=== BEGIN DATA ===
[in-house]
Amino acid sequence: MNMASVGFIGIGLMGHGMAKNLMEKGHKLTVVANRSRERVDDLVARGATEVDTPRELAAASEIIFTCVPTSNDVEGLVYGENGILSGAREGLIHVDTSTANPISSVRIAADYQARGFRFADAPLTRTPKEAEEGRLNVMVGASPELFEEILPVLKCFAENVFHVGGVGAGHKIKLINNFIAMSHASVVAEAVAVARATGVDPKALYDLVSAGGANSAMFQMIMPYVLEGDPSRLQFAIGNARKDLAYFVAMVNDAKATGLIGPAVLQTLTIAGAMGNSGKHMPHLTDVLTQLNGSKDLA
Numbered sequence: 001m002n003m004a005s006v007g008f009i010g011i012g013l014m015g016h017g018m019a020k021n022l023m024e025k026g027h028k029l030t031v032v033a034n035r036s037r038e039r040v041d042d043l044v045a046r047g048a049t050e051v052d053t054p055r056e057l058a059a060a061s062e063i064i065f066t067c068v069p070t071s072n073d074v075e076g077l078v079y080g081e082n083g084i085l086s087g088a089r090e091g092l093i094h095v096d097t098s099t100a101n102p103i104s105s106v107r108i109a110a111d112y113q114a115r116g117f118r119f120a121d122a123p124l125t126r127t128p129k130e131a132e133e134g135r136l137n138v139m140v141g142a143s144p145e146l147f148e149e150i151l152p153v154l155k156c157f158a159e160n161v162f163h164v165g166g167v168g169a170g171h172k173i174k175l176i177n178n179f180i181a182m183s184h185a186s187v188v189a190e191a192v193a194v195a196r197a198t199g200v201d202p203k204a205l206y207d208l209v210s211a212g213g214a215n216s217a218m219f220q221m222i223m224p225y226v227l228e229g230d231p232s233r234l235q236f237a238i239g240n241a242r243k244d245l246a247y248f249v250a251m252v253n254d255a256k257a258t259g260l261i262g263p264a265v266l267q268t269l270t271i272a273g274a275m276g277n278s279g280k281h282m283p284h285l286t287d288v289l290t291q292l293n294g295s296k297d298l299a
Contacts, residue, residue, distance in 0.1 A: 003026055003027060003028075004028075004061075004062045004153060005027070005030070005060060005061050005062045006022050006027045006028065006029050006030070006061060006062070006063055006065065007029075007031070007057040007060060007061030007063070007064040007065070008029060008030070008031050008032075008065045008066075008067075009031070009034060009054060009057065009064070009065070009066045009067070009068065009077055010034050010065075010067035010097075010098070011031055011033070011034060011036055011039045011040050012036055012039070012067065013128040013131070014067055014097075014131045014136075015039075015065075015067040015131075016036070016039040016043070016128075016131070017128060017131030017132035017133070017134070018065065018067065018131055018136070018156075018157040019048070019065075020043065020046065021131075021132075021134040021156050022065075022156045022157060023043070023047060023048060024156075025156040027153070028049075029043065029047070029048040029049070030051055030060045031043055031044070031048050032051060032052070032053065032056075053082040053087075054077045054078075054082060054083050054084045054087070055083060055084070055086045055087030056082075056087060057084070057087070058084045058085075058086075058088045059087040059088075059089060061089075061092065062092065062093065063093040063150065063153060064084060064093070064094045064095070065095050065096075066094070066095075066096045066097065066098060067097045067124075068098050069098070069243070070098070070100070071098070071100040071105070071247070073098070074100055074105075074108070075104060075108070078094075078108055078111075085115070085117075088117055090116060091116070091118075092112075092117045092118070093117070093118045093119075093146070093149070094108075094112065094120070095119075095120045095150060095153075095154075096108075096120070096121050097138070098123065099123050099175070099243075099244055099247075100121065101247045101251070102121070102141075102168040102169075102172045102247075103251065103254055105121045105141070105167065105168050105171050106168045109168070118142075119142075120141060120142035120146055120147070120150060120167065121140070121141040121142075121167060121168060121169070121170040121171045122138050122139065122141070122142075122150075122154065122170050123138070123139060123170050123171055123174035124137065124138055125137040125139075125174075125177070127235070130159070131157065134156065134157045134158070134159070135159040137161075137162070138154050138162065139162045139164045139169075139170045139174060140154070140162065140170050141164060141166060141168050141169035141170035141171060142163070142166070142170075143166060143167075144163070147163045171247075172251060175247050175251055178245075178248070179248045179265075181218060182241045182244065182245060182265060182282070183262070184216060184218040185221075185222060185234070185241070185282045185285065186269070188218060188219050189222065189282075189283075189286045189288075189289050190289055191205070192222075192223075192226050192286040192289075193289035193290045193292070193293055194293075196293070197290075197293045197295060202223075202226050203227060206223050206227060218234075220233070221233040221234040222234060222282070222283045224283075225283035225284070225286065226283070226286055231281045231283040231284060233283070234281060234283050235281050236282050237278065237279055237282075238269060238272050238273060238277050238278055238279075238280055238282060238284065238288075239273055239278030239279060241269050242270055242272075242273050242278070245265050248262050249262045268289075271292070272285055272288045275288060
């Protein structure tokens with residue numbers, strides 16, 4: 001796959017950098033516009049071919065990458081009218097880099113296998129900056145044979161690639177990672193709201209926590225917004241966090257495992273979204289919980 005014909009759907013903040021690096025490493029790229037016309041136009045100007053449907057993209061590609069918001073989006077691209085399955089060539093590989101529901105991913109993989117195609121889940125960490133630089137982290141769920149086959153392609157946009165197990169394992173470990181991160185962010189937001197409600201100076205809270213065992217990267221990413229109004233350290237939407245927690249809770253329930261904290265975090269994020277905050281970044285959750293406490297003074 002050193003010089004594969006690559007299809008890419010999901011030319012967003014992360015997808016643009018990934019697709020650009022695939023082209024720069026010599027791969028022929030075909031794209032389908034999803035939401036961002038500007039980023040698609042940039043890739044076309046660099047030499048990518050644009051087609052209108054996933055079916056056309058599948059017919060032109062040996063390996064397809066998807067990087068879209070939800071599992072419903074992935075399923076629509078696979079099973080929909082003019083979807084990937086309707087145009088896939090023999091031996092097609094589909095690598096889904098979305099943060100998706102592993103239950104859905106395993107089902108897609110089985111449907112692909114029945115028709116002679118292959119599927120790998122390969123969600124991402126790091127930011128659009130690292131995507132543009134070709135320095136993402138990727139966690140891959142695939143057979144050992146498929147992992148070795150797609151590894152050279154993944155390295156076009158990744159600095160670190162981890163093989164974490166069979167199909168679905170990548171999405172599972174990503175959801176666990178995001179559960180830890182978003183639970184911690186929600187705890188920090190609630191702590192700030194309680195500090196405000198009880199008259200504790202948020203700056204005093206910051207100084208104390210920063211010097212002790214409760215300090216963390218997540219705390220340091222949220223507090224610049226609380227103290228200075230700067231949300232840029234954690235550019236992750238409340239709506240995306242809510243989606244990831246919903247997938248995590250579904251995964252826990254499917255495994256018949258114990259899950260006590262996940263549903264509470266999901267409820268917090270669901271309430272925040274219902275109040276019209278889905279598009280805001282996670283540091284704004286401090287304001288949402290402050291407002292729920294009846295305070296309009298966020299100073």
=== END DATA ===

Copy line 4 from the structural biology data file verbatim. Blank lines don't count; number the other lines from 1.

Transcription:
Contacts, residue, residue, distance in 0.1 A: 003026055003027060003028075004028075004061075004062045004153060005027070005030070005060060005061050005062045006022050006027045006028065006029050006030070006061060006062070006063055006065065007029075007031070007057040007060060007061030007063070007064040007065070008029060008030070008031050008032075008065045008066075008067075009031070009034060009054060009057065009064070009065070009066045009067070009068065009077055010034050010065075010067035010097075010098070011031055011033070011034060011036055011039045011040050012036055012039070012067065013128040013131070014067055014097075014131045014136075015039075015065075015067040015131075016036070016039040016043070016128075016131070017128060017131030017132035017133070017134070018065065018067065018131055018136070018156075018157040019048070019065075020043065020046065021131075021132075021134040021156050022065075022156045022157060023043070023047060023048060024156075025156040027153070028049075029043065029047070029048040029049070030051055030060045031043055031044070031048050032051060032052070032053065032056075053082040053087075054077045054078075054082060054083050054084045054087070055083060055084070055086045055087030056082075056087060057084070057087070058084045058085075058086075058088045059087040059088075059089060061089075061092065062092065062093065063093040063150065063153060064084060064093070064094045064095070065095050065096075066094070066095075066096045066097065066098060067097045067124075068098050069098070069243070070098070070100070071098070071100040071105070071247070073098070074100055074105075074108070075104060075108070078094075078108055078111075085115070085117075088117055090116060091116070091118075092112075092117045092118070093117070093118045093119075093146070093149070094108075094112065094120070095119075095120045095150060095153075095154075096108075096120070096121050097138070098123065099123050099175070099243075099244055099247075100121065101247045101251070102121070102141075102168040102169075102172045102247075103251065103254055105121045105141070105167065105168050105171050106168045109168070118142075119142075120141060120142035120146055120147070120150060120167065121140070121141040121142075121167060121168060121169070121170040121171045122138050122139065122141070122142075122150075122154065122170050123138070123139060123170050123171055123174035124137065124138055125137040125139075125174075125177070127235070130159070131157065134156065134157045134158070134159070135159040137161075137162070138154050138162065139162045139164045139169075139170045139174060140154070140162065140170050141164060141166060141168050141169035141170035141171060142163070142166070142170075143166060143167075144163070147163045171247075172251060175247050175251055178245075178248070179248045179265075181218060182241045182244065182245060182265060182282070183262070184216060184218040185221075185222060185234070185241070185282045185285065186269070188218060188219050189222065189282075189283075189286045189288075189289050190289055191205070192222075192223075192226050192286040192289075193289035193290045193292070193293055194293075196293070197290075197293045197295060202223075202226050203227060206223050206227060218234075220233070221233040221234040222234060222282070222283045224283075225283035225284070225286065226283070226286055231281045231283040231284060233283070234281060234283050235281050236282050237278065237279055237282075238269060238272050238273060238277050238278055238279075238280055238282060238284065238288075239273055239278030239279060241269050242270055242272075242273050242278070245265050248262050249262045268289075271292070272285055272288045275288060